How to activate Silverlight in Chrome

How to activate Silverlight in Chrome

Starting with version 42 of Google Chrome, users have found that the Silverlight plugin does not work in this browser. Taking into account that there is a significant amount of content on the Internet made with this technology, the problem is quite serious (and using several browsers separately is not the best solution). See also How to enable Java in Chrome.

The reason why the Silverlight plugin does not work with the latest versions of Chrome is that Google refused to support the NPAPI plugins in its browser and as of version 42 this support is disabled by default (the refusal is due to that such plugins are not always stable and may have security problems).

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Silverlight not working in Google Chrome: how to fix the problem

To enable the Silverlight plugin, you will first need to re-enable NPAPI support in Chrome by following the steps below (with the Microsoft Silverlight plugin itself already installed on your computer).

  1. In the address bar of your browser, enter the address chrome: // flags / # enable-npapi - This will open a page with the configuration of the experimental features of Chrome and at the top of the page (when you go to the exact address) you will see "Enable NPAPI" highlighted, click "Enable".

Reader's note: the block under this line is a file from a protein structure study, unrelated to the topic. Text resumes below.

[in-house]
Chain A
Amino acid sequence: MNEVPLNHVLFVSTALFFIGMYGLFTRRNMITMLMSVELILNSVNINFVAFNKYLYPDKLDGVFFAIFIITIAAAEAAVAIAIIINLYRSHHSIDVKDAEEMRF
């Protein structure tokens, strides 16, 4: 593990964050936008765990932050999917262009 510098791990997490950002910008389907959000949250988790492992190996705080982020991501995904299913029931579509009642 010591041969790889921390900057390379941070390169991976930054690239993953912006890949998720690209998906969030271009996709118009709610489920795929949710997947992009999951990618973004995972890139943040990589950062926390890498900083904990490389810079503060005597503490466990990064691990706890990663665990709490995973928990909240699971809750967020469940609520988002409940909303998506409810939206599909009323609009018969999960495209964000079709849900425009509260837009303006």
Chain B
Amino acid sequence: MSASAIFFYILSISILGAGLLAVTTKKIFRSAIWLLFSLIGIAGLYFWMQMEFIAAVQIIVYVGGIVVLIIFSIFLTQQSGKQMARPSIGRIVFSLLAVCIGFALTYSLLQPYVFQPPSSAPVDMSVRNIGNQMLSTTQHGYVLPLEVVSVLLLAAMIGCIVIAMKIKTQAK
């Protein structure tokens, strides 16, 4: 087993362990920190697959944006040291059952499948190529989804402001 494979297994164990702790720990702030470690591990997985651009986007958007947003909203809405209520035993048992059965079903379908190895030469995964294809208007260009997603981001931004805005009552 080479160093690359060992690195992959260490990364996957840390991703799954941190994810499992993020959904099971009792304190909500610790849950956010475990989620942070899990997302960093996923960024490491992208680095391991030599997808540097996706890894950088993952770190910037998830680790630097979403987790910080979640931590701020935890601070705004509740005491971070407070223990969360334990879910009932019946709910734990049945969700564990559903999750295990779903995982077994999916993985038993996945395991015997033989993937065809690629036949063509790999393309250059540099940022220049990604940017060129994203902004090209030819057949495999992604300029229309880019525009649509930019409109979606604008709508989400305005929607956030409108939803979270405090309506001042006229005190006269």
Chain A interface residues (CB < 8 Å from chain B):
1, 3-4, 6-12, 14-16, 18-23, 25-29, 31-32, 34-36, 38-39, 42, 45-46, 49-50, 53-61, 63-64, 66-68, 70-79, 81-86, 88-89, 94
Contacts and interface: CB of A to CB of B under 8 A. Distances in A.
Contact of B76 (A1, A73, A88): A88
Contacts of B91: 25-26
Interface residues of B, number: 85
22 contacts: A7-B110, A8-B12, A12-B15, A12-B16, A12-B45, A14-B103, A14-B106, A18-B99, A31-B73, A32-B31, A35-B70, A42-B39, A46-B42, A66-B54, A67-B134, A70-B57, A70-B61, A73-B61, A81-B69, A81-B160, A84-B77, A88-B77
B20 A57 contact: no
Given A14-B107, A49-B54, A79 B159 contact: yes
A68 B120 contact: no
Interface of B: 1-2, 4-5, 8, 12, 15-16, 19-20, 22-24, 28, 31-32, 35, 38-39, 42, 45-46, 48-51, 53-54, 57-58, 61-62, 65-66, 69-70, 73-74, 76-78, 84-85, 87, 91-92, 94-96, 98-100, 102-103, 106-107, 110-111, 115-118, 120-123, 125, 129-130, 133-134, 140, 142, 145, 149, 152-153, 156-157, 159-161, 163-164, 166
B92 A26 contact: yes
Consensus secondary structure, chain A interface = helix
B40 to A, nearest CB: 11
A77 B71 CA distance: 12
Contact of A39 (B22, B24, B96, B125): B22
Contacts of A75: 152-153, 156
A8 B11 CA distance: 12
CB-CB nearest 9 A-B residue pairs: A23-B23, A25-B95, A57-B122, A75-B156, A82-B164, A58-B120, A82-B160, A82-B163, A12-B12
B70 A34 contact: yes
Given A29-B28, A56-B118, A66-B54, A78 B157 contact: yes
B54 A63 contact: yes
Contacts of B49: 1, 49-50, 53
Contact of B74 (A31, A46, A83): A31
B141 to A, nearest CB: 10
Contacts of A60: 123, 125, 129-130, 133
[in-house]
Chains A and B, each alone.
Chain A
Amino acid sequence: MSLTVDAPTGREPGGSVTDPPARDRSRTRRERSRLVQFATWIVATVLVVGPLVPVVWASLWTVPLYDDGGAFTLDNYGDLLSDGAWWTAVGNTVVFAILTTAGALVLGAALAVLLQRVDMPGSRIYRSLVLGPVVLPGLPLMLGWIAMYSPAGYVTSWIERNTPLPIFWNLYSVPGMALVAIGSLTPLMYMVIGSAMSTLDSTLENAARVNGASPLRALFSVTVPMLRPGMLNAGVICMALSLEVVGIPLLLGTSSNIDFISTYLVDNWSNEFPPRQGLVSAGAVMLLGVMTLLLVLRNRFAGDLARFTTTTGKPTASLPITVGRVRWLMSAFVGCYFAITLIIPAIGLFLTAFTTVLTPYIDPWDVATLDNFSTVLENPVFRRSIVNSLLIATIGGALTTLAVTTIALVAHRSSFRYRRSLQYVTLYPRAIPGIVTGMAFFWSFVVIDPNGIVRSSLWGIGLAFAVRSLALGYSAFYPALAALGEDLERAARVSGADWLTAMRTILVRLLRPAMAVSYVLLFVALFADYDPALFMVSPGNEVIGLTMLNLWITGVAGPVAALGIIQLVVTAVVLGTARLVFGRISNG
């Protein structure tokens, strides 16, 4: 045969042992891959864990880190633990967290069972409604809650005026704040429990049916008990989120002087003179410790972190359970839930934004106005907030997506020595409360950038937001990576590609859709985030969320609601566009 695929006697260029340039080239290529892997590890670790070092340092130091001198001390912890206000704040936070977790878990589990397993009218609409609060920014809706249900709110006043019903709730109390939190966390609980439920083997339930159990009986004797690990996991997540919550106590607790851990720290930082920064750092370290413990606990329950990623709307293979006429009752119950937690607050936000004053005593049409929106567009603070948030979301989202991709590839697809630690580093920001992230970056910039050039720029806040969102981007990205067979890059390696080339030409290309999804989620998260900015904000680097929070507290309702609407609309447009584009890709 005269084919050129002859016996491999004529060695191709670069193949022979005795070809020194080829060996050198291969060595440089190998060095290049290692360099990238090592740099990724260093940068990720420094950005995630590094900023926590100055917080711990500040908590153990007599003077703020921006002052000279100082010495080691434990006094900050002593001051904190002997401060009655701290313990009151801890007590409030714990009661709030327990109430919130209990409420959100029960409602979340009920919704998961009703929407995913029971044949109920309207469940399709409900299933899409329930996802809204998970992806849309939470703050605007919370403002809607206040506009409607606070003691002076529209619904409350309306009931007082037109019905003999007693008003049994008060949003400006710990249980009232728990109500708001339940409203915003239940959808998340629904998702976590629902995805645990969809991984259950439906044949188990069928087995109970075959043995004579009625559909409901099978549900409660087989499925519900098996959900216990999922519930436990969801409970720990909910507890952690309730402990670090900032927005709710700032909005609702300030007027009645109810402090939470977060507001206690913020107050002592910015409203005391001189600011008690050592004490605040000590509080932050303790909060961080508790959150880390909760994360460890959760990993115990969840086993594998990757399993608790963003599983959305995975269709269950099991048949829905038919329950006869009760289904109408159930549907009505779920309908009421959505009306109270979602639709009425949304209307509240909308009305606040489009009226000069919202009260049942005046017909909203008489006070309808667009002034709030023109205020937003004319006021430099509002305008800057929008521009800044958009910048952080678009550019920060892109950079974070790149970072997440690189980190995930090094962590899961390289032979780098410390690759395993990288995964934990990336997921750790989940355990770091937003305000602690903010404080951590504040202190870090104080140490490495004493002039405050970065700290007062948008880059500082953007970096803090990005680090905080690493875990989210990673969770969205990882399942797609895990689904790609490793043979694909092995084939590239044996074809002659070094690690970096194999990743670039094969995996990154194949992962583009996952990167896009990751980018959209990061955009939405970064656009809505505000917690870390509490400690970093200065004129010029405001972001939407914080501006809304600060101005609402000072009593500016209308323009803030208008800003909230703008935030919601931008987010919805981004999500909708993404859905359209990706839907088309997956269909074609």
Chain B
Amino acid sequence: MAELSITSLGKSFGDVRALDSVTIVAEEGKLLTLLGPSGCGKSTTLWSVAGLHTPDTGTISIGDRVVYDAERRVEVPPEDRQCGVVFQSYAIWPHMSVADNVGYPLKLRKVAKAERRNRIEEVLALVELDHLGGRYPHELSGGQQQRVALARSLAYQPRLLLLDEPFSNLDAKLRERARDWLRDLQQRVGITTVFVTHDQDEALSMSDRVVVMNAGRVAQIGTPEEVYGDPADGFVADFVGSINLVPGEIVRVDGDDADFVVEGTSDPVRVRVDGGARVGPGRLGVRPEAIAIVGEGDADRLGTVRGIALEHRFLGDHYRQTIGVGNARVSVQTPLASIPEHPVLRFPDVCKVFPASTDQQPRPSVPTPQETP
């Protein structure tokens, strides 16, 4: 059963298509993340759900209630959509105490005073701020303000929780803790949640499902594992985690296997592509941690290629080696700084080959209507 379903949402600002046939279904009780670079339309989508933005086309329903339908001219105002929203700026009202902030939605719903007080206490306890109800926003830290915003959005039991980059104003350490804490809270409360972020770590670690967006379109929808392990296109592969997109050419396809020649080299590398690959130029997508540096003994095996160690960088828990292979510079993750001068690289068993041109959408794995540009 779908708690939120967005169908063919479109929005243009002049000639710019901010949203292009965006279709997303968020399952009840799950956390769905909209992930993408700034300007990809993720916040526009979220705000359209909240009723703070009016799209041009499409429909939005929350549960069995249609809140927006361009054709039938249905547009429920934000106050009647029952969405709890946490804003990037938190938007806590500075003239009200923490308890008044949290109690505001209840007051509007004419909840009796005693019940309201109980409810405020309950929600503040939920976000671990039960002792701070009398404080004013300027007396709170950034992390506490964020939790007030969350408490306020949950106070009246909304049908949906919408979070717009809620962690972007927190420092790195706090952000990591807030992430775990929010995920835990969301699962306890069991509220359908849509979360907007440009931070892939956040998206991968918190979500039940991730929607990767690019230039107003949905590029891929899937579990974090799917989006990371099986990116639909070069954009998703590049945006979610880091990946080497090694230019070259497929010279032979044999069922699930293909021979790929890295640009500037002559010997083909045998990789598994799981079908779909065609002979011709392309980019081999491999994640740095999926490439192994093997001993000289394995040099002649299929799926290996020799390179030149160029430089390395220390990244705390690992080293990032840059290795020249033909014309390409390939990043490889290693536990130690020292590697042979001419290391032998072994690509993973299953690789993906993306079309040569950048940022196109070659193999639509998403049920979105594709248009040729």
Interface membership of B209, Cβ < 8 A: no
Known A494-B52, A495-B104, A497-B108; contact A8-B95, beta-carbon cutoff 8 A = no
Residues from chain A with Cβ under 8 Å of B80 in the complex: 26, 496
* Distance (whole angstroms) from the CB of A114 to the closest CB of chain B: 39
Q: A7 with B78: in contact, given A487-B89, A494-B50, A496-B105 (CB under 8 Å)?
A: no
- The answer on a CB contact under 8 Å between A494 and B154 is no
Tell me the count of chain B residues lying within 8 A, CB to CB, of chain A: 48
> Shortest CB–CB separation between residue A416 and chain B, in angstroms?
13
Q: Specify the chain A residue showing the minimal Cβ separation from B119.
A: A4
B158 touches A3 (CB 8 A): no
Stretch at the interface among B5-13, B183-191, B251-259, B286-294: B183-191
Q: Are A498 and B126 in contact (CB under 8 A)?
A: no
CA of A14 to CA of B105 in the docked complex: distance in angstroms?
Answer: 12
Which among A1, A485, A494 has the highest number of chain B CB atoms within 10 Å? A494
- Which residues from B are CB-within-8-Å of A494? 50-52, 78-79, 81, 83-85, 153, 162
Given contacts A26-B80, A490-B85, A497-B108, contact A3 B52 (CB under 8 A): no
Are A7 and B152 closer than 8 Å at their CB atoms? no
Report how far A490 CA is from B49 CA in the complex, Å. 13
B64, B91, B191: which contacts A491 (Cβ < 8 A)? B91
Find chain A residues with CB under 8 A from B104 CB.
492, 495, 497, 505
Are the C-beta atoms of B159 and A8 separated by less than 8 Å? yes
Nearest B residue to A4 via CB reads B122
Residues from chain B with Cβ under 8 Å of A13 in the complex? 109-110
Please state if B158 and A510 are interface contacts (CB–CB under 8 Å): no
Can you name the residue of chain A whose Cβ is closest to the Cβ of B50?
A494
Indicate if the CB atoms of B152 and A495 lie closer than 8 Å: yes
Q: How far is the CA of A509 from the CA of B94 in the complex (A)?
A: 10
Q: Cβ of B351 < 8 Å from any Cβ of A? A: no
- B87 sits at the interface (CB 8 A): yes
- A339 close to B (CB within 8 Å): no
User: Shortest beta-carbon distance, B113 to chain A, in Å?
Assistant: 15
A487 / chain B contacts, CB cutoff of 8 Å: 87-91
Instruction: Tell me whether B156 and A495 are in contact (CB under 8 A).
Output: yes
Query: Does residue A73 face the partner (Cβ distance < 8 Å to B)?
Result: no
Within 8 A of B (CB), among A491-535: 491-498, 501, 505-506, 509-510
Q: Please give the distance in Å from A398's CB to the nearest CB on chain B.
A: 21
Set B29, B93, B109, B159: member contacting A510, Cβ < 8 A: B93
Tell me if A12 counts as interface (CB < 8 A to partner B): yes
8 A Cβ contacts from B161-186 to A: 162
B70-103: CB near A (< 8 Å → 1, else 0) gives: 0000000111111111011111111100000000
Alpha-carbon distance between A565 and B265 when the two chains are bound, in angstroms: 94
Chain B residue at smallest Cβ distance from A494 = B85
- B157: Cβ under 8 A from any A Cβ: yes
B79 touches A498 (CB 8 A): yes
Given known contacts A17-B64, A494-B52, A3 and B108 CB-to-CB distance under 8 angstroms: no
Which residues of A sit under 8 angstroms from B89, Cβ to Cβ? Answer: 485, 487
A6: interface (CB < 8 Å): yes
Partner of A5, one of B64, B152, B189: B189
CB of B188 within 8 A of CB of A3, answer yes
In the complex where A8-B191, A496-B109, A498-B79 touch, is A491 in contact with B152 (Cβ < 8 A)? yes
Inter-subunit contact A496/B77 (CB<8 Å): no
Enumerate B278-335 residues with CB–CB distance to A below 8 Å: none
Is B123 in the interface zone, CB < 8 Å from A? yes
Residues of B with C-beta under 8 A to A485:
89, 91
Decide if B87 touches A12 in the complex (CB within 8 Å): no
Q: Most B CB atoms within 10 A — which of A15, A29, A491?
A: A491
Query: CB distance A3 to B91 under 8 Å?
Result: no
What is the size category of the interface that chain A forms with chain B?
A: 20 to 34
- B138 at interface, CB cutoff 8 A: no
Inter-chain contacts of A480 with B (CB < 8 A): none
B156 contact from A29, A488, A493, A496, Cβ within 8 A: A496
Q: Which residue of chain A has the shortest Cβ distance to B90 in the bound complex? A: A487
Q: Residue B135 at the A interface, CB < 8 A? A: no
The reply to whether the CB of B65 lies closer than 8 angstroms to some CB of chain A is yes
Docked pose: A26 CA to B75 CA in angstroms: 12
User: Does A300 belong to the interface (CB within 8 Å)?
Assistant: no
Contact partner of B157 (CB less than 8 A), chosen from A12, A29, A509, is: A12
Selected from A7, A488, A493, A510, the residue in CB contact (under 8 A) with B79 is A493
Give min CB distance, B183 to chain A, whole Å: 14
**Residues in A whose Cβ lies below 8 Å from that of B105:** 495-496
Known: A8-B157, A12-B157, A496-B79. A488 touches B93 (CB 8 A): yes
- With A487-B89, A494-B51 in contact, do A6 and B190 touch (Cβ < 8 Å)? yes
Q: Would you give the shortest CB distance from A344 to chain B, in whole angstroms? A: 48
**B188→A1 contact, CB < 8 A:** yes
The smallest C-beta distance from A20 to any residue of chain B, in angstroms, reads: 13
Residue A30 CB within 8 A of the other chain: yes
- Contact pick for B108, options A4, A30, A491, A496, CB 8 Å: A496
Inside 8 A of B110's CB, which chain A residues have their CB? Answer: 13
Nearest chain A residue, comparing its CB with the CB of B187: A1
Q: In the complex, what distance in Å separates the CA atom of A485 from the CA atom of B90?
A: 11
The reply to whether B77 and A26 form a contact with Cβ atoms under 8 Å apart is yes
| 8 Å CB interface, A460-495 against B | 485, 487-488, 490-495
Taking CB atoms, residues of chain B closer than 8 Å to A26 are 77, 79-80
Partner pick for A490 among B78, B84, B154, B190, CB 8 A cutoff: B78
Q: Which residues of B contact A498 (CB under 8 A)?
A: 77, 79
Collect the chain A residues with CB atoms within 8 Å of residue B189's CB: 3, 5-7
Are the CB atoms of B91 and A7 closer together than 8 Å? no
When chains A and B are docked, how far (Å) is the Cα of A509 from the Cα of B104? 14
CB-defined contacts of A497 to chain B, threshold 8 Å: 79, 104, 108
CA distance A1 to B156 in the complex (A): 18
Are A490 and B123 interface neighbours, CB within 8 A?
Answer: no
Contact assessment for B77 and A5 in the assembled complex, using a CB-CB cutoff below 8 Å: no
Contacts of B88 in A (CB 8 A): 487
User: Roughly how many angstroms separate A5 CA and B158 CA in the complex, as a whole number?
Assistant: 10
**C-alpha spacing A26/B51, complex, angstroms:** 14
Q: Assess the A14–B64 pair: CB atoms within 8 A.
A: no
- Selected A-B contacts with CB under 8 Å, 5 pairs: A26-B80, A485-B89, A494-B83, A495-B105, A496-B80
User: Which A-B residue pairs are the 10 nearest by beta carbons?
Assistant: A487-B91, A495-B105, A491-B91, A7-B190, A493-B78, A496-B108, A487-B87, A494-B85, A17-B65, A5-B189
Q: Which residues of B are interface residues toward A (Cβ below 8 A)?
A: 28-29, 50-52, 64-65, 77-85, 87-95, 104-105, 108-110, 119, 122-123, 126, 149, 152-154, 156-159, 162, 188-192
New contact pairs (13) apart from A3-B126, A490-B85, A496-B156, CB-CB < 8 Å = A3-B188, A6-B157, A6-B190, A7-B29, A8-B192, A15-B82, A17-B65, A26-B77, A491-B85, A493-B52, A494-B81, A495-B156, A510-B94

2. Restart your browser, go to the page where Silverlight is required, right-click where the content should be and select "Run this plugin" from the context menu.
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This completes all the steps necessary to connect Silverlight and everything should work without a problem.

Learn more.

According to Google, in September 2015 the compatibility with the NPAPI plugins, and therefore with Silverlight, will be completely removed from the Chrome browser. However, there are reasons to hope that this will not happen: they promised to deactivate such support by default since 2013, then in 2014, and only in 2015 did we see it.

Apart from that, it seems to me doubtful that they bet on it (for not offering other options to see Silverlight contents), since it would mean losing, although not too much, but a quota of their browser on users' computers.